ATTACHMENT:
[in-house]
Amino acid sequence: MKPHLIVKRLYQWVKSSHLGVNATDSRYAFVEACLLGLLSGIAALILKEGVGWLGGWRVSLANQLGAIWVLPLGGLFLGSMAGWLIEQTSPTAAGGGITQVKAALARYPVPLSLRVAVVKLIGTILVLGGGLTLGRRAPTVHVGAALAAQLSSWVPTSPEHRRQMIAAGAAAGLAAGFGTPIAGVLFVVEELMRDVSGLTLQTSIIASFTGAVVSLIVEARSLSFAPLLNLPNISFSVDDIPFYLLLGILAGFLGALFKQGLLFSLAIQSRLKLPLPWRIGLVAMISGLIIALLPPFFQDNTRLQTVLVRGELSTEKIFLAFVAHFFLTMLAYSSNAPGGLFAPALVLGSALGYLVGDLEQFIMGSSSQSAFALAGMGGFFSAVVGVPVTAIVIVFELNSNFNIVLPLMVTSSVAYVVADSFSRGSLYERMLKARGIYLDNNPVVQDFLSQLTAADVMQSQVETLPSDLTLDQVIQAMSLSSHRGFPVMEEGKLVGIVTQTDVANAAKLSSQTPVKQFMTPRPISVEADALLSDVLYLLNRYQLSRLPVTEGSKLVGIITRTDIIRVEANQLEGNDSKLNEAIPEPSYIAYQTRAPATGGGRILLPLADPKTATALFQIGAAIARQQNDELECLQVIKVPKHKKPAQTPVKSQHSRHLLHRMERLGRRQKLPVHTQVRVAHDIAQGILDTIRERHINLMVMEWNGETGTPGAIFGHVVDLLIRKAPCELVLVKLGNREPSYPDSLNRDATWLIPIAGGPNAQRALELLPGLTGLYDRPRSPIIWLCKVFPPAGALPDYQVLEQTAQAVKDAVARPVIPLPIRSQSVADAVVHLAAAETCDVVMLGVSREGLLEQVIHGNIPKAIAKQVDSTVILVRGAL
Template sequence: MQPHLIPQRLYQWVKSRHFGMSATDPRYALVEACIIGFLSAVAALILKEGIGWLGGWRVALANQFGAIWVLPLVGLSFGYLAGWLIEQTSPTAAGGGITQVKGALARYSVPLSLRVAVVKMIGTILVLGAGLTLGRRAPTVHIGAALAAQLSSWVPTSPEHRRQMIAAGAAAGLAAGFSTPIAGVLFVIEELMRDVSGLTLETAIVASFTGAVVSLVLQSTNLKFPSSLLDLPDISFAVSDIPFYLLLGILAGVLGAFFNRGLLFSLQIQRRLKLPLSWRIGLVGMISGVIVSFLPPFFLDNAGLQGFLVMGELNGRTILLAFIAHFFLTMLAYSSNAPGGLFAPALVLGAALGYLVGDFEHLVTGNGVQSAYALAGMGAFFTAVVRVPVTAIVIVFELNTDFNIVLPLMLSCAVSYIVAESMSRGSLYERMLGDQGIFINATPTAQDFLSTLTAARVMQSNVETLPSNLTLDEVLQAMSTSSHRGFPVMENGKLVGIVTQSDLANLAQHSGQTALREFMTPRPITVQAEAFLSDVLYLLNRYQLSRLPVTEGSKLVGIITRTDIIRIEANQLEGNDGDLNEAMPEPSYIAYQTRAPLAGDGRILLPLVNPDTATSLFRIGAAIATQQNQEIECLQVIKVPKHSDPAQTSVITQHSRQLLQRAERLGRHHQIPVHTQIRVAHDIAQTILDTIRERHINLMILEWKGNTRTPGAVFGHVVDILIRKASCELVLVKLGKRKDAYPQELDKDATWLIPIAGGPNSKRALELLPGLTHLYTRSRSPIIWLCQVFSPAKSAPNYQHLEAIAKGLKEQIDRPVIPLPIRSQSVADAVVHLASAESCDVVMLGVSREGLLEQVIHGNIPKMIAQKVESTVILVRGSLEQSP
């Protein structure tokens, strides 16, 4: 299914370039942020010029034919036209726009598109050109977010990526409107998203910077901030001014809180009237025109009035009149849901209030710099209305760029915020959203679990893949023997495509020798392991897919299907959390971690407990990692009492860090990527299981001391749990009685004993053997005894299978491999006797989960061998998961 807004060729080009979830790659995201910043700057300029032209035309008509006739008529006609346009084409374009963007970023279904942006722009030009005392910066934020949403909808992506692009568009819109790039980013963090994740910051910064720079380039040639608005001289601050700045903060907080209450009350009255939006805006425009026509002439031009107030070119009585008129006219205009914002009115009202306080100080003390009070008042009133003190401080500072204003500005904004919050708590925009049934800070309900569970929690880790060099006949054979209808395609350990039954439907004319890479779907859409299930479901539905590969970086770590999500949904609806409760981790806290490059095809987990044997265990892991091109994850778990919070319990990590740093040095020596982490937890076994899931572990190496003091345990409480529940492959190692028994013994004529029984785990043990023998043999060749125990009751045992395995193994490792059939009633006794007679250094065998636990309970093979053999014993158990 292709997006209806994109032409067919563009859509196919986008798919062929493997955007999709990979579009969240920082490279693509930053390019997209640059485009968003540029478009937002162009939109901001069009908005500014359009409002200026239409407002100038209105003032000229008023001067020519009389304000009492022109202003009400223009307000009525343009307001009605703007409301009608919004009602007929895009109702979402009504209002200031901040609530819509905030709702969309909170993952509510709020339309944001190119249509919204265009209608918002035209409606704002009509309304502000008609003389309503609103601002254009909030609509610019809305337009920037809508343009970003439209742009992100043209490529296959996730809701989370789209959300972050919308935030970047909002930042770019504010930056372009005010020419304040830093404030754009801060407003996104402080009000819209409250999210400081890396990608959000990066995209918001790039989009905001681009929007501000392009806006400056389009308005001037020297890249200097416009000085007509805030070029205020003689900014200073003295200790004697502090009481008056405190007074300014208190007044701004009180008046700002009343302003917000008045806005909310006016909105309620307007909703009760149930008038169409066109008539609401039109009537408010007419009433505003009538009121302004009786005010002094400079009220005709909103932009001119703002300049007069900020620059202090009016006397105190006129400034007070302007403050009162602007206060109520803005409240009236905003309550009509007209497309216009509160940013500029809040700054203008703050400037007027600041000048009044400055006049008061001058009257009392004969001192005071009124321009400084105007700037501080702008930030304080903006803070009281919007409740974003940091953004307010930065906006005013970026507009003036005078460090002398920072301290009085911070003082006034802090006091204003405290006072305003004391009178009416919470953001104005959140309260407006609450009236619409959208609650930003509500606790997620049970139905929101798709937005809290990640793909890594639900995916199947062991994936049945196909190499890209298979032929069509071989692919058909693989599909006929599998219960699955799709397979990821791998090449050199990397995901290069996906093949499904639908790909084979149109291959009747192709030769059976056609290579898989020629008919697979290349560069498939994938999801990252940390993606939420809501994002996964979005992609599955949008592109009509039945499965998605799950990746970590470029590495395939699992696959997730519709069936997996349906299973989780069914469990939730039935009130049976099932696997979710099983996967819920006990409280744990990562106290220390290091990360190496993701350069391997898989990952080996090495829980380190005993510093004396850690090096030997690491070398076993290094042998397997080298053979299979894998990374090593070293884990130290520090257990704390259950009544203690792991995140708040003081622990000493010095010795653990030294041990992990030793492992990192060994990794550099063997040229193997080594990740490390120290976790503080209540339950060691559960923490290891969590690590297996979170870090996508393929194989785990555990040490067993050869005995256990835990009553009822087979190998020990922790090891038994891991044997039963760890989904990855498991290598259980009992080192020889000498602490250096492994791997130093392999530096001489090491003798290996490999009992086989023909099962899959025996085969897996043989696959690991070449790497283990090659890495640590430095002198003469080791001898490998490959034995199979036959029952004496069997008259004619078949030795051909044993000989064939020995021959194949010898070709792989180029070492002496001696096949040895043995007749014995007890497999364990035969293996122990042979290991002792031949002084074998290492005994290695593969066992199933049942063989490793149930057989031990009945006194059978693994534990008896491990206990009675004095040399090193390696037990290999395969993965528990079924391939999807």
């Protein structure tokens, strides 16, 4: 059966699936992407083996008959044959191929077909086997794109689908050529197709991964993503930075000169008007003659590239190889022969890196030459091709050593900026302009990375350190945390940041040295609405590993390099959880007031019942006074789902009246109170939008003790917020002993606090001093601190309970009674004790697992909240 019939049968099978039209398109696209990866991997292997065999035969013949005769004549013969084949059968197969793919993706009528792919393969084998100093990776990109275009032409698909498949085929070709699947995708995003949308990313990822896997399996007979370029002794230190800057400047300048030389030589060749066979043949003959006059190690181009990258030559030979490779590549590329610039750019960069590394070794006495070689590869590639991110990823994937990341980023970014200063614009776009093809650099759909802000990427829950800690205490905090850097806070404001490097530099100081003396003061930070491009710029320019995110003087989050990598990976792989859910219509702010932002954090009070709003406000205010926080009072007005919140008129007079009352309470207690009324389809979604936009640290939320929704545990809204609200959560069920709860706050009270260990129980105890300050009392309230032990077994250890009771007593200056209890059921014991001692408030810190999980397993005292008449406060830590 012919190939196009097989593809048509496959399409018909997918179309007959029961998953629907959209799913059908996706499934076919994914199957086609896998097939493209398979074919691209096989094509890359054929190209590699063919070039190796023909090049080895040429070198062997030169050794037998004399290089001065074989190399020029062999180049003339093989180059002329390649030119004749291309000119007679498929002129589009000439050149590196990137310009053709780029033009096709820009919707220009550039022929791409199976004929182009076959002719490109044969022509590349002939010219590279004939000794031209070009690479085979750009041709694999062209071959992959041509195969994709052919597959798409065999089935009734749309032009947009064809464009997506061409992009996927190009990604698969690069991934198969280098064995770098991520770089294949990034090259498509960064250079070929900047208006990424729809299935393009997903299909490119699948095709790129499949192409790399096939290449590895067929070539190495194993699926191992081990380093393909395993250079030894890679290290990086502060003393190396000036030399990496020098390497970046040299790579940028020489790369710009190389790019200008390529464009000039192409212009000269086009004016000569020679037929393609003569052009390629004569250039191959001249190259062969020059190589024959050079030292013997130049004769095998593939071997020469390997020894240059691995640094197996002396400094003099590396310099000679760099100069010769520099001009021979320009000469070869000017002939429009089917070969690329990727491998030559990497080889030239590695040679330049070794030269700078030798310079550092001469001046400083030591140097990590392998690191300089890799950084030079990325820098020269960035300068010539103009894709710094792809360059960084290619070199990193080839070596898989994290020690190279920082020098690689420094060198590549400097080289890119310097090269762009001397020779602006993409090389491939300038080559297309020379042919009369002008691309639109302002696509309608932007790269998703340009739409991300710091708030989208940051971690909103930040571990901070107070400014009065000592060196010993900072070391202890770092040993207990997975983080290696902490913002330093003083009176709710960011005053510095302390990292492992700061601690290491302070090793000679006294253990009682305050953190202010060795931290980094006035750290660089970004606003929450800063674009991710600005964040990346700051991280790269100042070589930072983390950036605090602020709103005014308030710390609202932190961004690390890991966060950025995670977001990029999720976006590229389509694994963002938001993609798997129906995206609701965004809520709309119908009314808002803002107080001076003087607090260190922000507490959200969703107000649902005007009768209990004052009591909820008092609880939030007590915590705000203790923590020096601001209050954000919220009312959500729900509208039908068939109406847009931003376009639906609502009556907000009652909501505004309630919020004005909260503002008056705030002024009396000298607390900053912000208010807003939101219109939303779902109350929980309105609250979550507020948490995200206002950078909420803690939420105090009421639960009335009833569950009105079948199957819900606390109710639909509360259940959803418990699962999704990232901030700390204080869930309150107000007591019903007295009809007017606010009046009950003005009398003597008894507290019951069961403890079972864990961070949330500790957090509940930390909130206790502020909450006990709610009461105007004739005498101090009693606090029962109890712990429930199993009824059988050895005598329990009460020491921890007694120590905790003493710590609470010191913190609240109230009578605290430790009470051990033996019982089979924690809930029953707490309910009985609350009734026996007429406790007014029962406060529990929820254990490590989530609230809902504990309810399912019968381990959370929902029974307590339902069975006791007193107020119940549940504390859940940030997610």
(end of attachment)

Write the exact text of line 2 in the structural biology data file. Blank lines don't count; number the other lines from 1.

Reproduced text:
Amino acid sequence: MKPHLIVKRLYQWVKSSHLGVNATDSRYAFVEACLLGLLSGIAALILKEGVGWLGGWRVSLANQLGAIWVLPLGGLFLGSMAGWLIEQTSPTAAGGGITQVKAALARYPVPLSLRVAVVKLIGTILVLGGGLTLGRRAPTVHVGAALAAQLSSWVPTSPEHRRQMIAAGAAAGLAAGFGTPIAGVLFVVEELMRDVSGLTLQTSIIASFTGAVVSLIVEARSLSFAPLLNLPNISFSVDDIPFYLLLGILAGFLGALFKQGLLFSLAIQSRLKLPLPWRIGLVAMISGLIIALLPPFFQDNTRLQTVLVRGELSTEKIFLAFVAHFFLTMLAYSSNAPGGLFAPALVLGSALGYLVGDLEQFIMGSSSQSAFALAGMGGFFSAVVGVPVTAIVIVFELNSNFNIVLPLMVTSSVAYVVADSFSRGSLYERMLKARGIYLDNNPVVQDFLSQLTAADVMQSQVETLPSDLTLDQVIQAMSLSSHRGFPVMEEGKLVGIVTQTDVANAAKLSSQTPVKQFMTPRPISVEADALLSDVLYLLNRYQLSRLPVTEGSKLVGIITRTDIIRVEANQLEGNDSKLNEAIPEPSYIAYQTRAPATGGGRILLPLADPKTATALFQIGAAIARQQNDELECLQVIKVPKHKKPAQTPVKSQHSRHLLHRMERLGRRQKLPVHTQVRVAHDIAQGILDTIRERHINLMVMEWNGETGTPGAIFGHVVDLLIRKAPCELVLVKLGNREPSYPDSLNRDATWLIPIAGGPNAQRALELLPGLTGLYDRPRSPIIWLCKVFPPAGALPDYQVLEQTAQAVKDAVARPVIPLPIRSQSVADAVVHLAAAETCDVVMLGVSREGLLEQVIHGNIPKAIAKQVDSTVILVRGAL